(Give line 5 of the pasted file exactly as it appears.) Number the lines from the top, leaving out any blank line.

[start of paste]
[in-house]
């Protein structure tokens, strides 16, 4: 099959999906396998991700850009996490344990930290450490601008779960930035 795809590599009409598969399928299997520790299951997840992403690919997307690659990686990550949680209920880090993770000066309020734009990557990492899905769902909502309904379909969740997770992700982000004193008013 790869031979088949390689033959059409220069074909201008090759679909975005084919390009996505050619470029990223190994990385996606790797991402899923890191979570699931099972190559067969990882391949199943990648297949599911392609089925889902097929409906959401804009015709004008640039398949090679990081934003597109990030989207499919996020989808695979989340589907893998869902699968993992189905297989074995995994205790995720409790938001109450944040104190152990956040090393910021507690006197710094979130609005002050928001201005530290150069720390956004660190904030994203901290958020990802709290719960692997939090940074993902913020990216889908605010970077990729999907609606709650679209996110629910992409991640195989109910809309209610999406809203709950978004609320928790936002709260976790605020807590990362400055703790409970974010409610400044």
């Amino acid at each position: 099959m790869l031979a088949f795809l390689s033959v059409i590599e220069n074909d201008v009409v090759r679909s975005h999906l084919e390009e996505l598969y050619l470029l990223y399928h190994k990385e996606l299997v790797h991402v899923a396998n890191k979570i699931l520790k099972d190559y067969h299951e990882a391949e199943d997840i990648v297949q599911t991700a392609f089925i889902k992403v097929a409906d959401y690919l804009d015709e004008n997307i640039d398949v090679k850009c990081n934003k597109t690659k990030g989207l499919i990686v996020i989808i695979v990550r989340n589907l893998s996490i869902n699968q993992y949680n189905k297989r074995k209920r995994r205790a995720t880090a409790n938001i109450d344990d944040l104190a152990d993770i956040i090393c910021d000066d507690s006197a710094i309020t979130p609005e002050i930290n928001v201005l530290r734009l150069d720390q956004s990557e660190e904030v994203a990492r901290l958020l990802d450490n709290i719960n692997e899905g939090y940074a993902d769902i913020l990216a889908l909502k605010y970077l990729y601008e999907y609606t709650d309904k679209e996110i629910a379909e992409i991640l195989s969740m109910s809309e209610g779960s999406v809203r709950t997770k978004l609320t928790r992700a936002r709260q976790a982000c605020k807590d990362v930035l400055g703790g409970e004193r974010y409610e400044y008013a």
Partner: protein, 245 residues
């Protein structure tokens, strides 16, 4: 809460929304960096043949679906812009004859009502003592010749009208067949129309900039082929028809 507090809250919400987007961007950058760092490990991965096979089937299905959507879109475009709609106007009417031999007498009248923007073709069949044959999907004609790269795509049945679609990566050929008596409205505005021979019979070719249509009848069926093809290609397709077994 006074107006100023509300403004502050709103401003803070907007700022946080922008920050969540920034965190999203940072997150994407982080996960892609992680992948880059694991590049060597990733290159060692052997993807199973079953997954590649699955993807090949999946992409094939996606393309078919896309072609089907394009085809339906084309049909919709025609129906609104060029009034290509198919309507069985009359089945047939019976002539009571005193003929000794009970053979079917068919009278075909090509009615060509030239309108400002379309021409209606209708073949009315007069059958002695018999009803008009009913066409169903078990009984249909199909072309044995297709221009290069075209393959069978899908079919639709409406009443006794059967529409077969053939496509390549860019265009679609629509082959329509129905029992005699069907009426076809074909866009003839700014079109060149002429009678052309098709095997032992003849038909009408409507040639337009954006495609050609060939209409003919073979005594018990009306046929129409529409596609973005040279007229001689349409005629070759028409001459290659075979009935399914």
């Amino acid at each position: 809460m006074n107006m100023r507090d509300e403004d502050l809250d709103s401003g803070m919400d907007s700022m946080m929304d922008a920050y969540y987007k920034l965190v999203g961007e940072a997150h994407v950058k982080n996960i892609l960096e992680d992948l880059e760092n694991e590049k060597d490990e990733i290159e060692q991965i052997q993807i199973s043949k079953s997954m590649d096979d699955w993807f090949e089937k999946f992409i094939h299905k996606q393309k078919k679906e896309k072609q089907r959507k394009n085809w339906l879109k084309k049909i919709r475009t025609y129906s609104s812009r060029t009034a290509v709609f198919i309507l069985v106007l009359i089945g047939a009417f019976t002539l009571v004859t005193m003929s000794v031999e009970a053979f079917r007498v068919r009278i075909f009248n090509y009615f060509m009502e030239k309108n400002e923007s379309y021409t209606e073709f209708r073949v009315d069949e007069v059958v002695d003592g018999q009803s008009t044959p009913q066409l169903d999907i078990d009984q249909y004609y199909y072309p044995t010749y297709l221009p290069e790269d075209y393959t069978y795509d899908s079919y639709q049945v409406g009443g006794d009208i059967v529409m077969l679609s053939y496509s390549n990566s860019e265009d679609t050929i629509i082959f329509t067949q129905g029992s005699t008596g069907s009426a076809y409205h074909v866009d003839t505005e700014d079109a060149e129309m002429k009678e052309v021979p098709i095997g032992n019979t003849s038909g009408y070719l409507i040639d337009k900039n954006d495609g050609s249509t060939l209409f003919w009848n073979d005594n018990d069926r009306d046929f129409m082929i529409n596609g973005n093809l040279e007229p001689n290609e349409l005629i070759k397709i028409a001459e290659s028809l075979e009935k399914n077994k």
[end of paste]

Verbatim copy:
């Protein structure tokens, strides 16, 4: 809460929304960096043949679906812009004859009502003592010749009208067949129309900039082929028809 507090809250919400987007961007950058760092490990991965096979089937299905959507879109475009709609106007009417031999007498009248923007073709069949044959999907004609790269795509049945679609990566050929008596409205505005021979019979070719249509009848069926093809290609397709077994 006074107006100023509300403004502050709103401003803070907007700022946080922008920050969540920034965190999203940072997150994407982080996960892609992680992948880059694991590049060597990733290159060692052997993807199973079953997954590649699955993807090949999946992409094939996606393309078919896309072609089907394009085809339906084309049909919709025609129906609104060029009034290509198919309507069985009359089945047939019976002539009571005193003929000794009970053979079917068919009278075909090509009615060509030239309108400002379309021409209606209708073949009315007069059958002695018999009803008009009913066409169903078990009984249909199909072309044995297709221009290069075209393959069978899908079919639709409406009443006794059967529409077969053939496509390549860019265009679609629509082959329509129905029992005699069907009426076809074909866009003839700014079109060149002429009678052309098709095997032992003849038909009408409507040639337009954006495609050609060939209409003919073979005594018990009306046929129409529409596609973005040279007229001689349409005629070759028409001459290659075979009935399914």